You’ve probably heard that personal information, including social security numbers, was stolen from Equifax. Here’s what you need to know.
If you’re reading this, you have no doubt heard that personal information, including social security numbers, was stolen from Equifax—one of the Big 3 credit reporting agencies. From an industry standpoint, here’s a quick takeaway.
For a lot of breaches, the impact on the public is minimized. Receiving a new credit or debit card in the mail along with the offer of free credit monitoring quietly became the new normal. The Equifax breach, however, is different. The information required for identify theft was stolen for over half of the adults in the United States (per the 2013 census). This is the civilian equivalent of the Office of Personnel Management breach of 2015.
The information is available for sale on the dark web already. You, and people you know, have a good chance of being adversely affected by this breach. In the best-case scenario, you need to closely monitor your credit (I spent $30 and placed a credit freeze on my report). In the worst-case scenario, someone is going to be opening bank accounts, taking out loans, or getting healthcare in your name.
There is plenty of blame to go around when a vulnerability is known to the public and an exploit has been published, yet the relatively simple update is ignored. We don’t know yet whether a patching policy for open source vulnerabilities was in place and wasn’t followed, or if monitoring for open source vulnerabilities was not part of Equifax’s standard security procedures.
In any case, blame needed to be placed. Equifax acted by removing the CIO and CSO from their positions. The fallout may continue, however. The Board of Directors needs to decide how best to show that they are taking security seriously, and replacing other top executives may be an option. Executive-level support of security programs is critical to their success, and the CEO will likely be asked by his Board how he prioritized and supported software security. The CEO will also be testifying to Congress about the breach, and the company may well be under investigation by the Federal Trade Commission.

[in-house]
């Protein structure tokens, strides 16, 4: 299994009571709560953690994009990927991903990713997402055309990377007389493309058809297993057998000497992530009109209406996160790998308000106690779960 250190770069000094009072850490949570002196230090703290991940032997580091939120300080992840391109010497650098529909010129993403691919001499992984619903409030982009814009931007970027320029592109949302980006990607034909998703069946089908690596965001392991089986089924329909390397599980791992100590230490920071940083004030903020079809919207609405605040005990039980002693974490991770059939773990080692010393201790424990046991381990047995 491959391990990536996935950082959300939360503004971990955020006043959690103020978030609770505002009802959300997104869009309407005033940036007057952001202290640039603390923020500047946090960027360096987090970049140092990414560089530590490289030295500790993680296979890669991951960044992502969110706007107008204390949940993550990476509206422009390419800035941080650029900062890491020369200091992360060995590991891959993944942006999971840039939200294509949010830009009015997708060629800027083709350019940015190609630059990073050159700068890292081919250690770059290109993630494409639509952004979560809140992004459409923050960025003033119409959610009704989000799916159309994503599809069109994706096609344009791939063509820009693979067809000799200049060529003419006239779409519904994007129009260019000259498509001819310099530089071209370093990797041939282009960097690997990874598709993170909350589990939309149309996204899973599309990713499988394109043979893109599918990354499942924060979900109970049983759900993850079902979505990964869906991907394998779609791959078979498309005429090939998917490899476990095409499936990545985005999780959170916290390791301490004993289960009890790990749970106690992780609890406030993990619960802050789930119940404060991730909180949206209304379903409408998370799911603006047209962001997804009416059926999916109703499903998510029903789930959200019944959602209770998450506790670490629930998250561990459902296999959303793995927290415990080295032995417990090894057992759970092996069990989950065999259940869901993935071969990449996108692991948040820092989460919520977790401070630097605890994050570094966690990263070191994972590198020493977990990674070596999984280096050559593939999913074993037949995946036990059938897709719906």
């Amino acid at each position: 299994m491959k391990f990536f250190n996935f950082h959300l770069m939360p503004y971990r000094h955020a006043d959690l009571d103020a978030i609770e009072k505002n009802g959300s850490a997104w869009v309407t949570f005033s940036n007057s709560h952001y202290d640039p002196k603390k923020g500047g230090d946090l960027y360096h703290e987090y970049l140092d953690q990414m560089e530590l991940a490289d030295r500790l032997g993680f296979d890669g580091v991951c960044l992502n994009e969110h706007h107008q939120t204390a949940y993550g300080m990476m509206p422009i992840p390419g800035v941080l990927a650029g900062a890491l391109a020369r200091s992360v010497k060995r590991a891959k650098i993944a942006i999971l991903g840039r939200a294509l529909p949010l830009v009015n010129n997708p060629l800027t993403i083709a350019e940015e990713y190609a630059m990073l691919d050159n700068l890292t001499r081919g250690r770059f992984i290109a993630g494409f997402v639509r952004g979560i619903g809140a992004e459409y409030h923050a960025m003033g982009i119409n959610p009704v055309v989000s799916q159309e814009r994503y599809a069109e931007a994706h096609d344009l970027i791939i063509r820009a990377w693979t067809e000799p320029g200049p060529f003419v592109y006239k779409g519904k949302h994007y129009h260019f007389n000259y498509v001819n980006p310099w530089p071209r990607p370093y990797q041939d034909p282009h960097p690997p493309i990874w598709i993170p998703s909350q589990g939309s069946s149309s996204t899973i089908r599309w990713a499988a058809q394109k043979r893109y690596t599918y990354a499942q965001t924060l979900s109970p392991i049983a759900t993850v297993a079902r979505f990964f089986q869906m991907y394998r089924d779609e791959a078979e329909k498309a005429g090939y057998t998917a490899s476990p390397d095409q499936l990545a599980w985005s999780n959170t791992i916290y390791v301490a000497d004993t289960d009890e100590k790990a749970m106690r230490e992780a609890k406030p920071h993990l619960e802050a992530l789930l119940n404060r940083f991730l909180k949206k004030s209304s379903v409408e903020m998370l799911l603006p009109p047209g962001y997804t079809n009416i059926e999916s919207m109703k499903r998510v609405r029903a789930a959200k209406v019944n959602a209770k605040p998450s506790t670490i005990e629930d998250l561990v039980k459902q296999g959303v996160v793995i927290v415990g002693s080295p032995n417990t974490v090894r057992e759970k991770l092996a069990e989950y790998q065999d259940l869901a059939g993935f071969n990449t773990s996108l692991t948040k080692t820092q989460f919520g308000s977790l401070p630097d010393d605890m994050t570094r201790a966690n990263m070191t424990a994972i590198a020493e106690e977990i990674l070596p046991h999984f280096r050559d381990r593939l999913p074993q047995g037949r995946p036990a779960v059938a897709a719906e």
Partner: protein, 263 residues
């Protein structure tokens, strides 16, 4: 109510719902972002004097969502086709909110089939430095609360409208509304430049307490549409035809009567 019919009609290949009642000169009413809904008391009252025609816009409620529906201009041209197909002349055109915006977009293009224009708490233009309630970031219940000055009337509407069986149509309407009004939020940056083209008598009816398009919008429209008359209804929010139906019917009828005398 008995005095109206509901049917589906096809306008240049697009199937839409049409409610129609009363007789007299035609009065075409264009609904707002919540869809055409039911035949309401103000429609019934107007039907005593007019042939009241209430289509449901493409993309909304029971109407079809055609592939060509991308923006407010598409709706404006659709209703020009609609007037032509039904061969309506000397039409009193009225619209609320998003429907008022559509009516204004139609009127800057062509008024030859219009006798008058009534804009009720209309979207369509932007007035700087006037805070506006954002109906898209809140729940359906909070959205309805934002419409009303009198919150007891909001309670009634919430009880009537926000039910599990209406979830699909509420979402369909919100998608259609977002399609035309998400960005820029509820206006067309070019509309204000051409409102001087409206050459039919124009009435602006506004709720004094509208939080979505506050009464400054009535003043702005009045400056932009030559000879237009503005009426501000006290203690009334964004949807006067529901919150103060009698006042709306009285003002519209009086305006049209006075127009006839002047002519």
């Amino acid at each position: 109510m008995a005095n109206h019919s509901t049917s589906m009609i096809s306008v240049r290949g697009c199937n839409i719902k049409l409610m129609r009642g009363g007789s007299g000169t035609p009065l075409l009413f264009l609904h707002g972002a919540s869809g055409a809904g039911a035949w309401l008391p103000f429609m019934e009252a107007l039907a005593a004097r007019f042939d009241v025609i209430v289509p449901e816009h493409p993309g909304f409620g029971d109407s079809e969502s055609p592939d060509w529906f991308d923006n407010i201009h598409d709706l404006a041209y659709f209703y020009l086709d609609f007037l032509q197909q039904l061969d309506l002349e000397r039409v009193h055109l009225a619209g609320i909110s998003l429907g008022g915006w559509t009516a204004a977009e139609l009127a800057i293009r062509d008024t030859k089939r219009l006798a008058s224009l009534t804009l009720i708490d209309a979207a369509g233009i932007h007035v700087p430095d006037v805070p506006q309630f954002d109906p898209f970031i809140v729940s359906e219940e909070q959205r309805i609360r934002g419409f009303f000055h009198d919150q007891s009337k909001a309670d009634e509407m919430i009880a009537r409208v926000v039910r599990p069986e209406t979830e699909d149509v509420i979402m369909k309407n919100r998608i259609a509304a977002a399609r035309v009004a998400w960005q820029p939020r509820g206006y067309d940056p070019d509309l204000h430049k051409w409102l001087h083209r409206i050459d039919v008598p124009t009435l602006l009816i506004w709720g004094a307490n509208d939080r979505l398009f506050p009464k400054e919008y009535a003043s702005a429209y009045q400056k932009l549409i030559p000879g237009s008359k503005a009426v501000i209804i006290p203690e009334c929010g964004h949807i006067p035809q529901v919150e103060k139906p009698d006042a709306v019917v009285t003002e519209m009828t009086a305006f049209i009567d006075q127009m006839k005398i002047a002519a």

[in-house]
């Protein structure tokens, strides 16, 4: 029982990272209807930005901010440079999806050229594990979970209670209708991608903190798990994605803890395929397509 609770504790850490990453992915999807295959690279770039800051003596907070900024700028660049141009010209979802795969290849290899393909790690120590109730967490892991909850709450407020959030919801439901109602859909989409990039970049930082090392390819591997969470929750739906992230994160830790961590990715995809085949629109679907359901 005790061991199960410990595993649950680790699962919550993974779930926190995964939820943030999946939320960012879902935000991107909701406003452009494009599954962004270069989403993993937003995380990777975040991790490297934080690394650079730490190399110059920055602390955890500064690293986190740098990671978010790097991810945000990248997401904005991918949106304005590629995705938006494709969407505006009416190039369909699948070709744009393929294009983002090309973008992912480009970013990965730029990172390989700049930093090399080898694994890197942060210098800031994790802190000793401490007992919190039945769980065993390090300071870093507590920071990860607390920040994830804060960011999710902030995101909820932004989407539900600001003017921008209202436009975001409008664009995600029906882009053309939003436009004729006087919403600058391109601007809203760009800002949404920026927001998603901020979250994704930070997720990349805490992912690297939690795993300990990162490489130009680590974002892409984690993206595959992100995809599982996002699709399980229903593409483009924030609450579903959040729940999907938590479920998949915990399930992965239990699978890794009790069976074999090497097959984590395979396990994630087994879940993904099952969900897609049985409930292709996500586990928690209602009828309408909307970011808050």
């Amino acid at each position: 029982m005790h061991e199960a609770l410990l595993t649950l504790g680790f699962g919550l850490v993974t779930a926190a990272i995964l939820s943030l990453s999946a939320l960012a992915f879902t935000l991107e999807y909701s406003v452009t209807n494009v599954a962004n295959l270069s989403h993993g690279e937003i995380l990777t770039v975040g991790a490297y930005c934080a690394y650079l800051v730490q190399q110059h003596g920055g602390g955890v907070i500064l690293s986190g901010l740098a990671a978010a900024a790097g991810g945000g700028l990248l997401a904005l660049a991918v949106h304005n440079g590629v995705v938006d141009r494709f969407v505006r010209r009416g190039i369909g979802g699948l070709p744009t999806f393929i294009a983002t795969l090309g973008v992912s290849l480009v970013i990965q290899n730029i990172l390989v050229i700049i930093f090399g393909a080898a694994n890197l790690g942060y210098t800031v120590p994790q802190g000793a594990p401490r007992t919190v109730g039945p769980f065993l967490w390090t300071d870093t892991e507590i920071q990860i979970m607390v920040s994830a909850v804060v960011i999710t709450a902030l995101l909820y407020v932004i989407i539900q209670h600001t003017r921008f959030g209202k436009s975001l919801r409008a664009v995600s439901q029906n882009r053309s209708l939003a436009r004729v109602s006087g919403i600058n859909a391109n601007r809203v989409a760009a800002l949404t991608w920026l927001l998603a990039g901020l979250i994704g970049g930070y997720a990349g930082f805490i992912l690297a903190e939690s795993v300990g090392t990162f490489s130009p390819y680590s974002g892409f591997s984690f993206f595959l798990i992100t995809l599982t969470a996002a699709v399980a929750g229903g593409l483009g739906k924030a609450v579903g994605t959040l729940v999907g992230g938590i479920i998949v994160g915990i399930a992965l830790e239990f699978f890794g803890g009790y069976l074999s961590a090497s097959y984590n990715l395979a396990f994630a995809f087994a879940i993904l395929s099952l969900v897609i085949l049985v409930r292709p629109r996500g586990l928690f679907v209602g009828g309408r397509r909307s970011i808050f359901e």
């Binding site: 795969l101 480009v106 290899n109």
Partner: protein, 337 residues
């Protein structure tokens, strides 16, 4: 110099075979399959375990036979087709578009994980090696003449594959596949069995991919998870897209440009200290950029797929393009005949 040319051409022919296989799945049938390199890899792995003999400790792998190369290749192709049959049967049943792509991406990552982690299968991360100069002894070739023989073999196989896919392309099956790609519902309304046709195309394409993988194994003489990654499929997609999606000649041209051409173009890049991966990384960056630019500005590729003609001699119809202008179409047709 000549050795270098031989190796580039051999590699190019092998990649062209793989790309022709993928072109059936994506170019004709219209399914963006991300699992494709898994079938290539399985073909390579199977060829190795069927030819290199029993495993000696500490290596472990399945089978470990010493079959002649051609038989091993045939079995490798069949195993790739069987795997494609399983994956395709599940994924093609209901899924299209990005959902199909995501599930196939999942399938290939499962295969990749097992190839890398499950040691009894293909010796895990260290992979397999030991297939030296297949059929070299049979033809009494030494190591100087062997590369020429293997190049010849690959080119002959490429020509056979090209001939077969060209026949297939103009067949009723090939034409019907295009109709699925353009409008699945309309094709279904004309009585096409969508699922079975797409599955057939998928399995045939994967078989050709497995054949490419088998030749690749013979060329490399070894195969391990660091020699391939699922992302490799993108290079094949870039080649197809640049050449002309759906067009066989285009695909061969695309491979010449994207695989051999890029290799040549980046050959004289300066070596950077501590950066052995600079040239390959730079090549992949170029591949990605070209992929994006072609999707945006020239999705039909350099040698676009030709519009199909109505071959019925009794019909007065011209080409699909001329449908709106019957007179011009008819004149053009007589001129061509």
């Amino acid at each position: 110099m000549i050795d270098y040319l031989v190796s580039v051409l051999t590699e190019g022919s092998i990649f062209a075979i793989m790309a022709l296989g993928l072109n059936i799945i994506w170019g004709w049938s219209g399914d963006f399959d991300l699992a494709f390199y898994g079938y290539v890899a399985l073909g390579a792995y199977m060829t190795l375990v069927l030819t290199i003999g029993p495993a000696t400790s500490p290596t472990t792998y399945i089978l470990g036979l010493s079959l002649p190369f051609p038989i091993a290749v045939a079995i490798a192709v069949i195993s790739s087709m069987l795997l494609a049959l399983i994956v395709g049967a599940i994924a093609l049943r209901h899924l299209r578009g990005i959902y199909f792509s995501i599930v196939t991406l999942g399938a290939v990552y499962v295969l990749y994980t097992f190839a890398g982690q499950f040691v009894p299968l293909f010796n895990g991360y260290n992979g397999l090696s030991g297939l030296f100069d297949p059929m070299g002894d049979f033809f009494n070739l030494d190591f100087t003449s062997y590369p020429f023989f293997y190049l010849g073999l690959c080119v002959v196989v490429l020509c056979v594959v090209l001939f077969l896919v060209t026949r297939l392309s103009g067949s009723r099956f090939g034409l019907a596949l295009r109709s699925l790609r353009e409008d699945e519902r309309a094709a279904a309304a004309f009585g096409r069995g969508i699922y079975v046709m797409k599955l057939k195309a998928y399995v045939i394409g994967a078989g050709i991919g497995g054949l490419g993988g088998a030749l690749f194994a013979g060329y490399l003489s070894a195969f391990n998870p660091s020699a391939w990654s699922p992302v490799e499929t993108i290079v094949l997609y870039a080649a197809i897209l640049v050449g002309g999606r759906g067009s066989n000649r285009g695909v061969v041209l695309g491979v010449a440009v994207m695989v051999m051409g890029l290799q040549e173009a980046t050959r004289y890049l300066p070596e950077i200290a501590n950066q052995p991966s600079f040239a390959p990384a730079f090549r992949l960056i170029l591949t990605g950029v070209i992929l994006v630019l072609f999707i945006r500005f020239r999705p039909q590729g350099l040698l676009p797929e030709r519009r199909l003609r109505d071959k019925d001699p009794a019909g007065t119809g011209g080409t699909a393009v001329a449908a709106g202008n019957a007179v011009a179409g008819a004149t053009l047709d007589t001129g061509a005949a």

Privacy violations are likely to garner more attention from legislatures as well. If security is not treated as a priority, and regulatory standards like PCI DSS, HIPAA, and GDPR are not addressed with appropriate measures, I believe CIOs are placing their careers in jeopardy. The consequences of breaches, in terms of both finances and reputation, are simply too great to organizations. Like any other critical role, performance matters.
Rarely is the root cause of a breach disclosed publicly. Organizations don’t like publicizing their mistakes and giving adversaries clues as to other attack vectors that may prove successful. In this case, however, Equifax came clean. I doubt they will be the last victim of this vulnerability.
It makes sense that the longer a vulnerability goes unpatched, the greater likelihood of an attack. While Equifax was successfully attacked within a couple of months of the Struts vulnerability’s disclosure, we often give attackers far more time than that. On average, the open source vulnerabilities identified in the audited applications had been publicly known for more than four years.
There are over 3,000 vulnerabilities disclosed in open source each year. It’s long past the time when organizations could rely solely on vulnerability assessment tools for their custom code. Both Rapid7 and Tenable had rules for this issue, but that is the exception rather than the rule. Outside of Linux patches, only a handful of vulnerabilities in open source are covered by these tools. For all the others, organizations assume responsibility for monitoring the National Vulnerability Database, other threat feeds, or project home pages for updates and announcements.
Remember that this is not an indictment of open source. Open source, like commercial code, is software. It’s going to have vulnerabilities. Like most vulnerabilities in open source, this one was disclosed responsibly, and a simple fix was published concurrent with the vulnerability disclosure. Equifax had plenty of time to remediate the issue prior to the attack.
This assumes, of course, that Equifax knew which components they were using. Synopsys research shows that this is not simple without automation. The average customer of our on-demand audits knew of less than half of the open source components they used. Obviously, if you don’t know you’re using a component, you’re not going to track it for vulnerabilities.
Mike Pittenger has 30 years of experience in technology and business, more than 25 years of management experience, and 15 years in security. He previously served as Vice President and General Manager of the product division of @stake. After @stake’s acquisition by Symantec, Pittenger led the spin-out of his team to form Veracode. He later served as Vice President of the product and training division of Cigital. For the past several years, he has consulted independently, helping security companies identify, define and prioritize the benefit to customers of their technologies, structure solutions appropriately and bring those offerings to market. Mike earned his AB in Economics from Dartmouth College and an MBA with a finance concentration from Bentley College.